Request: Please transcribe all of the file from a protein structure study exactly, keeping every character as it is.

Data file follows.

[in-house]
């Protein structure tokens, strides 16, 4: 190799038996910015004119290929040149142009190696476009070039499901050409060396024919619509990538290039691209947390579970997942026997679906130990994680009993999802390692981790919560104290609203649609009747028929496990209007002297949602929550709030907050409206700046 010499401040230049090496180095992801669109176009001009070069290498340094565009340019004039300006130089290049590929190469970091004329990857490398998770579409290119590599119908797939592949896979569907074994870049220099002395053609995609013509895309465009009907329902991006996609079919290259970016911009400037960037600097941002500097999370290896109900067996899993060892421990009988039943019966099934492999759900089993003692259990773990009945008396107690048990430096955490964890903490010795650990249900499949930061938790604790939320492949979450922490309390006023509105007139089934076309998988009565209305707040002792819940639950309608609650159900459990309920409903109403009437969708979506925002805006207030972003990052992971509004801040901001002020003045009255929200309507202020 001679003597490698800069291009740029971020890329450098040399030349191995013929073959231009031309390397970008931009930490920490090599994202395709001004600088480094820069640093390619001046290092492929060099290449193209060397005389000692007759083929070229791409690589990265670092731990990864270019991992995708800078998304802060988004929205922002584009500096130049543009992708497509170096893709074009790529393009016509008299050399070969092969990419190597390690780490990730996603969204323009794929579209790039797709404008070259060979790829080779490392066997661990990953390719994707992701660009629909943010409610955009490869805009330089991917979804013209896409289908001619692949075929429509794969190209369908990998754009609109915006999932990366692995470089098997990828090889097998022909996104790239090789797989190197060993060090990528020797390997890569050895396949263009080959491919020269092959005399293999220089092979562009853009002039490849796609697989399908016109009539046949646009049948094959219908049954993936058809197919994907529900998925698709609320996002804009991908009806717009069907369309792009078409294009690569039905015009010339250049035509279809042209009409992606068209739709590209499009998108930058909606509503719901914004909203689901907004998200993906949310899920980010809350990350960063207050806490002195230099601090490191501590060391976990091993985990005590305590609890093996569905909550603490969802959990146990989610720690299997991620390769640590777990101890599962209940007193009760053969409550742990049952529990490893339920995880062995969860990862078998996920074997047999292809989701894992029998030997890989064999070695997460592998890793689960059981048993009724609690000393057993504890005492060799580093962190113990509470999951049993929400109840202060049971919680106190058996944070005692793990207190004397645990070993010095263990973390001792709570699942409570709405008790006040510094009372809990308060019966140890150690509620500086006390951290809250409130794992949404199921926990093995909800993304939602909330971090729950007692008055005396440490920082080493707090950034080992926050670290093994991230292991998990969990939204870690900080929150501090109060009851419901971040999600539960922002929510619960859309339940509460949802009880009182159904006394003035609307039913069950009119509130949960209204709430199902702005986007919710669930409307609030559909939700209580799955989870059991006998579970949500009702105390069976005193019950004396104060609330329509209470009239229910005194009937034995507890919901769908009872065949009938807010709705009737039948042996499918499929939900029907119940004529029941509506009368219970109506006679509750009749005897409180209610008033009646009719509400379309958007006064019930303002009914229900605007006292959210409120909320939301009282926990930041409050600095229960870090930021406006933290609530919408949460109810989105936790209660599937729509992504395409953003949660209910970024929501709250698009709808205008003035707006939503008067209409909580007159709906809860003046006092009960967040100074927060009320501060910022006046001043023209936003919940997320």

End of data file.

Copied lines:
[in-house]
């Protein structure tokens, strides 16, 4: 190799038996910015004119290929040149142009190696476009070039499901050409060396024919619509990538290039691209947390579970997942026997679906130990994680009993999802390692981790919560104290609203649609009747028929496990209007002297949602929550709030907050409206700046 010499401040230049090496180095992801669109176009001009070069290498340094565009340019004039300006130089290049590929190469970091004329990857490398998770579409290119590599119908797939592949896979569907074994870049220099002395053609995609013509895309465009009907329902991006996609079919290259970016911009400037960037600097941002500097999370290896109900067996899993060892421990009988039943019966099934492999759900089993003692259990773990009945008396107690048990430096955490964890903490010795650990249900499949930061938790604790939320492949979450922490309390006023509105007139089934076309998988009565209305707040002792819940639950309608609650159900459990309920409903109403009437969708979506925002805006207030972003990052992971509004801040901001002020003045009255929200309507202020 001679003597490698800069291009740029971020890329450098040399030349191995013929073959231009031309390397970008931009930490920490090599994202395709001004600088480094820069640093390619001046290092492929060099290449193209060397005389000692007759083929070229791409690589990265670092731990990864270019991992995708800078998304802060988004929205922002584009500096130049543009992708497509170096893709074009790529393009016509008299050399070969092969990419190597390690780490990730996603969204323009794929579209790039797709404008070259060979790829080779490392066997661990990953390719994707992701660009629909943010409610955009490869805009330089991917979804013209896409289908001619692949075929429509794969190209369908990998754009609109915006999932990366692995470089098997990828090889097998022909996104790239090789797989190197060993060090990528020797390997890569050895396949263009080959491919020269092959005399293999220089092979562009853009002039490849796609697989399908016109009539046949646009049948094959219908049954993936058809197919994907529900998925698709609320996002804009991908009806717009069907369309792009078409294009690569039905015009010339250049035509279809042209009409992606068209739709590209499009998108930058909606509503719901914004909203689901907004998200993906949310899920980010809350990350960063207050806490002195230099601090490191501590060391976990091993985990005590305590609890093996569905909550603490969802959990146990989610720690299997991620390769640590777990101890599962209940007193009760053969409550742990049952529990490893339920995880062995969860990862078998996920074997047999292809989701894992029998030997890989064999070695997460592998890793689960059981048993009724609690000393057993504890005492060799580093962190113990509470999951049993929400109840202060049971919680106190058996944070005692793990207190004397645990070993010095263990973390001792709570699942409570709405008790006040510094009372809990308060019966140890150690509620500086006390951290809250409130794992949404199921926990093995909800993304939602909330971090729950007692008055005396440490920082080493707090950034080992926050670290093994991230292991998990969990939204870690900080929150501090109060009851419901971040999600539960922002929510619960859309339940509460949802009880009182159904006394003035609307039913069950009119509130949960209204709430199902702005986007919710669930409307609030559909939700209580799955989870059991006998579970949500009702105390069976005193019950004396104060609330329509209470009239229910005194009937034995507890919901769908009872065949009938807010709705009737039948042996499918499929939900029907119940004529029941509506009368219970109506006679509750009749005897409180209610008033009646009719509400379309958007006064019930303002009914229900605007006292959210409120909320939301009282926990930041409050600095229960870090930021406006933290609530919408949460109810989105936790209660599937729509992504395409953003949660209910970024929501709250698009709808205008003035707006939503008067209409909580007159709906809860003046006092009960967040100074927060009320501060910022006046001043023209936003919940997320």